Recently, when a neighbor’s son started medical school, he told me he would have to learn 15,000 new words in the next four years. What I found most interesting was that as a college graduate, his vocabulary already consisted of approximately 15,000 words. Although I don’t have a precise number of new terms, skills or […]
So, my hubby and harshest writing critic, who mostly reads non-fiction, condescended to finally start reading my new novel, Afterlife in Harlem. He called me from work to say, “You left this morning before I could tell you that your prologue is really good, especially the dialogue. I’m surprised that it held my interest; a […]
Though they lived hundreds of years apart, Bill Clinton and Alexander Hamilton, two white men, were important pioneers in the Harlem community.
“Covering, The Assault on Our Civil Rights” is a compact and meticulously researched book by Kenji Yoshino, a gay Japanese law professor. It is both a memoir about the demons Yoshino wrestled before coming out and a report, with legal overtones, on what life is like for all stripes of gay people in America. […]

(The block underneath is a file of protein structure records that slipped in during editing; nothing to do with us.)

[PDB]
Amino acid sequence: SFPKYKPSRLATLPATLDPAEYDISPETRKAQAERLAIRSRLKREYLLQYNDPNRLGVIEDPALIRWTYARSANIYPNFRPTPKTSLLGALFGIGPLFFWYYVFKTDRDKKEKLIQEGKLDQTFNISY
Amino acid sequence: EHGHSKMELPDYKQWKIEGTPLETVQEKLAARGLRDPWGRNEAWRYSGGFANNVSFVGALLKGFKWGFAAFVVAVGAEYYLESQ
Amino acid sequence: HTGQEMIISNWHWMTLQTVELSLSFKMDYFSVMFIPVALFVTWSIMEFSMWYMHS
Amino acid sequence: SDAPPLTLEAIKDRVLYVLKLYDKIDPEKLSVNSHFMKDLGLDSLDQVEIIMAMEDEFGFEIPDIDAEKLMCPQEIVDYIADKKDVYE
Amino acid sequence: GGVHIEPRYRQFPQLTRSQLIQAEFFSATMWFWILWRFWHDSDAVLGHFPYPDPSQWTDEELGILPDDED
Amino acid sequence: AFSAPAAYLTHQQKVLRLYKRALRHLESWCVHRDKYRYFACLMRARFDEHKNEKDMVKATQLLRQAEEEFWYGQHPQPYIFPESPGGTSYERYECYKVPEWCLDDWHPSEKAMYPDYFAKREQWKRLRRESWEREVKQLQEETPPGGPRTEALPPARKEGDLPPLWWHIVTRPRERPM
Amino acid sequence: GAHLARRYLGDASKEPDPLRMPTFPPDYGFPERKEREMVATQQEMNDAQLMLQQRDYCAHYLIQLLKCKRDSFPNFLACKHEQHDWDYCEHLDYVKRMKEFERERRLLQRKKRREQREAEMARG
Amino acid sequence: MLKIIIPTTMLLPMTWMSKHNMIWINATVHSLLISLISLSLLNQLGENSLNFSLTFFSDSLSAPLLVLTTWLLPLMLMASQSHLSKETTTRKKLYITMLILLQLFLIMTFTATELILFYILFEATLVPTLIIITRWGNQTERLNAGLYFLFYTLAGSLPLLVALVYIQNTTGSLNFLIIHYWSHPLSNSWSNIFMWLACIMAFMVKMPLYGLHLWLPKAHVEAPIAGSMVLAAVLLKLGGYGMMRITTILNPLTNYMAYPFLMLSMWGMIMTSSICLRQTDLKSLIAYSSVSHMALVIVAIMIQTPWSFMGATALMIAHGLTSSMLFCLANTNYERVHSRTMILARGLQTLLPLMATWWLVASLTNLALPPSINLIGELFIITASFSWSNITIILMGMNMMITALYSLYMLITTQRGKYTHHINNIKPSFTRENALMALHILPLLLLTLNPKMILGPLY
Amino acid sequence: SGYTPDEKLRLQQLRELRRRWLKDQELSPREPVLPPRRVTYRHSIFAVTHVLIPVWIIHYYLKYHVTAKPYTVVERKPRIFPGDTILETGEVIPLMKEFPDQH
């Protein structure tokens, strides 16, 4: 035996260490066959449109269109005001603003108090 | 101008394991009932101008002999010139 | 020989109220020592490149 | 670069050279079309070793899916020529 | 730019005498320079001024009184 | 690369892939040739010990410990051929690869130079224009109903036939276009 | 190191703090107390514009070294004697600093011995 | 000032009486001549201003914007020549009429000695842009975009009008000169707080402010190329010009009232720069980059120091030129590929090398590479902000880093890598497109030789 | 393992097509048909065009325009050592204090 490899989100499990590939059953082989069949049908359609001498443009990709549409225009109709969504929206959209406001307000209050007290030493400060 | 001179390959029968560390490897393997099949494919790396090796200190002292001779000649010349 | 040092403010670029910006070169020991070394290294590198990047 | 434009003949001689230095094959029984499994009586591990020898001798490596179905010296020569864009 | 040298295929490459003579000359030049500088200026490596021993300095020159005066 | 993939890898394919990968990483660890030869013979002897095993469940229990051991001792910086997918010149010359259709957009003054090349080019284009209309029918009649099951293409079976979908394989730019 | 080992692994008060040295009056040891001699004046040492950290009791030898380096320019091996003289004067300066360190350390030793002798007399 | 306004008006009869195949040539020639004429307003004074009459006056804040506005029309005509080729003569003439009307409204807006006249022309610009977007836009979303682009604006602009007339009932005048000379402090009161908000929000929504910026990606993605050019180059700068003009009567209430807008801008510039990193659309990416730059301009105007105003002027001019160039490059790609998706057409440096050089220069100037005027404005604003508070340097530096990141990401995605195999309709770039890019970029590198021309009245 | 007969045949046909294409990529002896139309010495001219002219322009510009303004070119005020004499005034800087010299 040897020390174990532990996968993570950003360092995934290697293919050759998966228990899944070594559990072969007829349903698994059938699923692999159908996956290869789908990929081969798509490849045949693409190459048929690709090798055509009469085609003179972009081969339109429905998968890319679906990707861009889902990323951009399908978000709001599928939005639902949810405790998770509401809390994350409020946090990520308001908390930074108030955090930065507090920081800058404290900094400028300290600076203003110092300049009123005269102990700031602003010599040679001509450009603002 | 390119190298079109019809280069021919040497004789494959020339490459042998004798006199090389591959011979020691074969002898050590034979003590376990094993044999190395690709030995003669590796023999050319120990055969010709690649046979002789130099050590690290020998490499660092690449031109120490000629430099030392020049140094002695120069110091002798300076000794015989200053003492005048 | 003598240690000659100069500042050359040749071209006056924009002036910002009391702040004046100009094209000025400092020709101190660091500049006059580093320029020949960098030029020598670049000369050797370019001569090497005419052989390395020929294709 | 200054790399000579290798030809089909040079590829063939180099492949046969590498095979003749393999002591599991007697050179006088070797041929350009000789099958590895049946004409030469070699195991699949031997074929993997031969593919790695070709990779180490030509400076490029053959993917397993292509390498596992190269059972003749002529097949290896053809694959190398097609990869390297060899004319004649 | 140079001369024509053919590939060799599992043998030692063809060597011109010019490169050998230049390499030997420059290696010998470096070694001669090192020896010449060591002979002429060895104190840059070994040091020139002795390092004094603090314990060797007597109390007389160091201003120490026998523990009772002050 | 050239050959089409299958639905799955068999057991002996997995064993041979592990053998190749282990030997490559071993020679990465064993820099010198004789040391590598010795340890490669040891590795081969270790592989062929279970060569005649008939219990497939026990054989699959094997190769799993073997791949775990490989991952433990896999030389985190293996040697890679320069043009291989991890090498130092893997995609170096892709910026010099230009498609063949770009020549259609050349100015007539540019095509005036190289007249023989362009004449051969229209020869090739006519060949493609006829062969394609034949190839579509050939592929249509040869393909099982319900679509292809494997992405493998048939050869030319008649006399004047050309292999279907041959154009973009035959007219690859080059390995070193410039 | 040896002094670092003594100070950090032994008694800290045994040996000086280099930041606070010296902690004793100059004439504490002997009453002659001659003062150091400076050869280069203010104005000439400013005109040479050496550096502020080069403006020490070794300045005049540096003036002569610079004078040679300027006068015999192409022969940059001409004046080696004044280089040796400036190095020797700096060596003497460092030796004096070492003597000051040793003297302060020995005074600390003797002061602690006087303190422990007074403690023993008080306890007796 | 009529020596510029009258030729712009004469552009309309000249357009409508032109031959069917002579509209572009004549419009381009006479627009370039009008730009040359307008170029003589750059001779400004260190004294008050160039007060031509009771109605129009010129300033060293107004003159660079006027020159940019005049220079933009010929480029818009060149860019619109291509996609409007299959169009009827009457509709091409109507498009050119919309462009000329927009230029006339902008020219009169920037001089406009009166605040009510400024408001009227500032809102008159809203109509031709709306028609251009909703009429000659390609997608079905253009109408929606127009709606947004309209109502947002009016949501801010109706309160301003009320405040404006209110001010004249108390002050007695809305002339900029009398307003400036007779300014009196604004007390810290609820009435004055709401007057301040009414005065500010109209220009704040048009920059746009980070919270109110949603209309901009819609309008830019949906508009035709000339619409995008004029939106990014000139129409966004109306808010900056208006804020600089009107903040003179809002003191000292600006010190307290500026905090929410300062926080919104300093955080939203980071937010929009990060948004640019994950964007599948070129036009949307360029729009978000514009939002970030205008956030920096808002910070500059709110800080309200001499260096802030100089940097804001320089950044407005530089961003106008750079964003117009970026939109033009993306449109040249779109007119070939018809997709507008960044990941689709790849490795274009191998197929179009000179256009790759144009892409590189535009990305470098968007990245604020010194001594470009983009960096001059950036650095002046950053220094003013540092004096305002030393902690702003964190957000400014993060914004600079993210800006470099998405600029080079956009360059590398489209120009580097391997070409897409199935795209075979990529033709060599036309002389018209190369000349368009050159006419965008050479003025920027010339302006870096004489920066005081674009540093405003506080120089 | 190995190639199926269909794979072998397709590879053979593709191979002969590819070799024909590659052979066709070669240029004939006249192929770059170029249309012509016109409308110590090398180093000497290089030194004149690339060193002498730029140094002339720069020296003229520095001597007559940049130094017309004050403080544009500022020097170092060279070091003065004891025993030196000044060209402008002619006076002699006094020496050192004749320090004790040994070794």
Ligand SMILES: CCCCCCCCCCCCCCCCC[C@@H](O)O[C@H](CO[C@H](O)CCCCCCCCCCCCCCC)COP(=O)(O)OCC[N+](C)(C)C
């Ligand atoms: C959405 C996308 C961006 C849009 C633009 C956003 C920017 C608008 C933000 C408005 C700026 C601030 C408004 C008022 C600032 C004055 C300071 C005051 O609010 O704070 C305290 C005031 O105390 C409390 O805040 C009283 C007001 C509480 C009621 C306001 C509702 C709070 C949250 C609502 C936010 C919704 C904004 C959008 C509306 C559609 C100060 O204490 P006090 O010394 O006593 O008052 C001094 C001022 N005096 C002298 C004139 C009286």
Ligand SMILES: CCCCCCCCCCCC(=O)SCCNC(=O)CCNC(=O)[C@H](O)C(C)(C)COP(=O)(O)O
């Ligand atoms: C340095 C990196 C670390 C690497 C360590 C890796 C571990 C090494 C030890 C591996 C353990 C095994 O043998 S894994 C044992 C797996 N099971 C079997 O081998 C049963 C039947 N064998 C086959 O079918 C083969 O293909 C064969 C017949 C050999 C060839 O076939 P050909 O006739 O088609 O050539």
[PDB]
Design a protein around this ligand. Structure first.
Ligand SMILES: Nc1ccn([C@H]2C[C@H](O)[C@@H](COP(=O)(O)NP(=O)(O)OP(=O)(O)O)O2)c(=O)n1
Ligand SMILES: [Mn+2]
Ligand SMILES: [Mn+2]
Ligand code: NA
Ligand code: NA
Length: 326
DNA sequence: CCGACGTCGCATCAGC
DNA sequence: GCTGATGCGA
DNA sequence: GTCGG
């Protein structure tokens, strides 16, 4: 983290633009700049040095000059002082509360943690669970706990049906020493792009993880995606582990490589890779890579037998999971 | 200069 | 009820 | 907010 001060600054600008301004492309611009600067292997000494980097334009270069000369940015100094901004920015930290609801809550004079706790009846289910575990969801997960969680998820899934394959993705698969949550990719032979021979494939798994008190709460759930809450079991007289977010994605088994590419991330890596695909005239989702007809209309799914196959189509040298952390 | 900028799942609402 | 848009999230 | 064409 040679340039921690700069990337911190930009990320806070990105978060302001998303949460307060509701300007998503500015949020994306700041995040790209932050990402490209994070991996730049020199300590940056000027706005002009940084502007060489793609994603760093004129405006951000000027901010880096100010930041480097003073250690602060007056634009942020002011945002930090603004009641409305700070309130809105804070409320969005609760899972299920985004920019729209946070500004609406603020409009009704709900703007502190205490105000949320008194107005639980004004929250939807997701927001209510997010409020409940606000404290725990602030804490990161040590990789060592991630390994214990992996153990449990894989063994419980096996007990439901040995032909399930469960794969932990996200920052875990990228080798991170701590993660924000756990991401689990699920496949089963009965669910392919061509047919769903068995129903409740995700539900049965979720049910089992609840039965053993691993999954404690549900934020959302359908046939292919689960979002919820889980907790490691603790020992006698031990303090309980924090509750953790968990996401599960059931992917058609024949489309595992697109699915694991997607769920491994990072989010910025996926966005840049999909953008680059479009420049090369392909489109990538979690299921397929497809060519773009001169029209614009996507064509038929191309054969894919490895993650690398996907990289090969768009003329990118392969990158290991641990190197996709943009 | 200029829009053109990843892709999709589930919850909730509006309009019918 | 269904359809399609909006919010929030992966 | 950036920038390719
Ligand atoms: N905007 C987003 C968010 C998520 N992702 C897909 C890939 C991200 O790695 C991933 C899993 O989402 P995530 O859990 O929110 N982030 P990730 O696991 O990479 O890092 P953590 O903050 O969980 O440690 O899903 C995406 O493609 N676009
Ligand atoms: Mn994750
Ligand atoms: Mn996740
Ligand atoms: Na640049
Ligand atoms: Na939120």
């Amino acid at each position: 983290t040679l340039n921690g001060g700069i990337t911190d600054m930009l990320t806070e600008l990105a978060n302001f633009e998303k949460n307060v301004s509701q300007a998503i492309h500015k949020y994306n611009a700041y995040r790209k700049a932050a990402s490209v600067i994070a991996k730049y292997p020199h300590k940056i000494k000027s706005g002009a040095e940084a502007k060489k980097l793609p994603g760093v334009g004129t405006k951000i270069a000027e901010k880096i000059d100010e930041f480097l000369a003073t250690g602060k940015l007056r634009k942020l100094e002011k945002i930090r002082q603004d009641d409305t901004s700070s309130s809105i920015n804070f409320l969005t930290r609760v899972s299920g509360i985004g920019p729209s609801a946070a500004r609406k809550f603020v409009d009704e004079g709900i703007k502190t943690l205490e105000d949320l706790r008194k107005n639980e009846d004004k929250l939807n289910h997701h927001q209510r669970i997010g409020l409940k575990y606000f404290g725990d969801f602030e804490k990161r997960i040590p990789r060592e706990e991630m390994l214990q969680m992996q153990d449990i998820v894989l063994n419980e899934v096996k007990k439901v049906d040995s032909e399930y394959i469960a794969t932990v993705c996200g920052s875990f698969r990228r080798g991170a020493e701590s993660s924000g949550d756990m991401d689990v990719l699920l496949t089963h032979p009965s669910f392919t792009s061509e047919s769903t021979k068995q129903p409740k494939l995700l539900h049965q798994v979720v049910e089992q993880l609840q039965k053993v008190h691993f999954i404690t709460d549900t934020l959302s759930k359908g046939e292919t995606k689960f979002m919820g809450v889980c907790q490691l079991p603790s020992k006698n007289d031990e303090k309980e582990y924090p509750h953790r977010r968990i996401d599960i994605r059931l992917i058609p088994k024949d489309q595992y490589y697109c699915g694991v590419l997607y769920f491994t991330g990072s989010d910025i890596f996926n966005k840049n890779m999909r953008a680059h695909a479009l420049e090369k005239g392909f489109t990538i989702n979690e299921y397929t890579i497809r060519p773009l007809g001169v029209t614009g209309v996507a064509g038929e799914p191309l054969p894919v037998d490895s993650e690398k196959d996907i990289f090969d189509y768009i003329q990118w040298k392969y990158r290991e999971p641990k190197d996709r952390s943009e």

Notes From No Man’s Land, by Eula Biss ‘Time and Distance Overcome,’ the first essay traces the invention of the telephone and use of telephone poles to explore America’s history of racism. It’s an interesting, unusual and provocative way to approach the issue. Eula Biss successfully uses her odd ball juxtapositions in many essays, which […]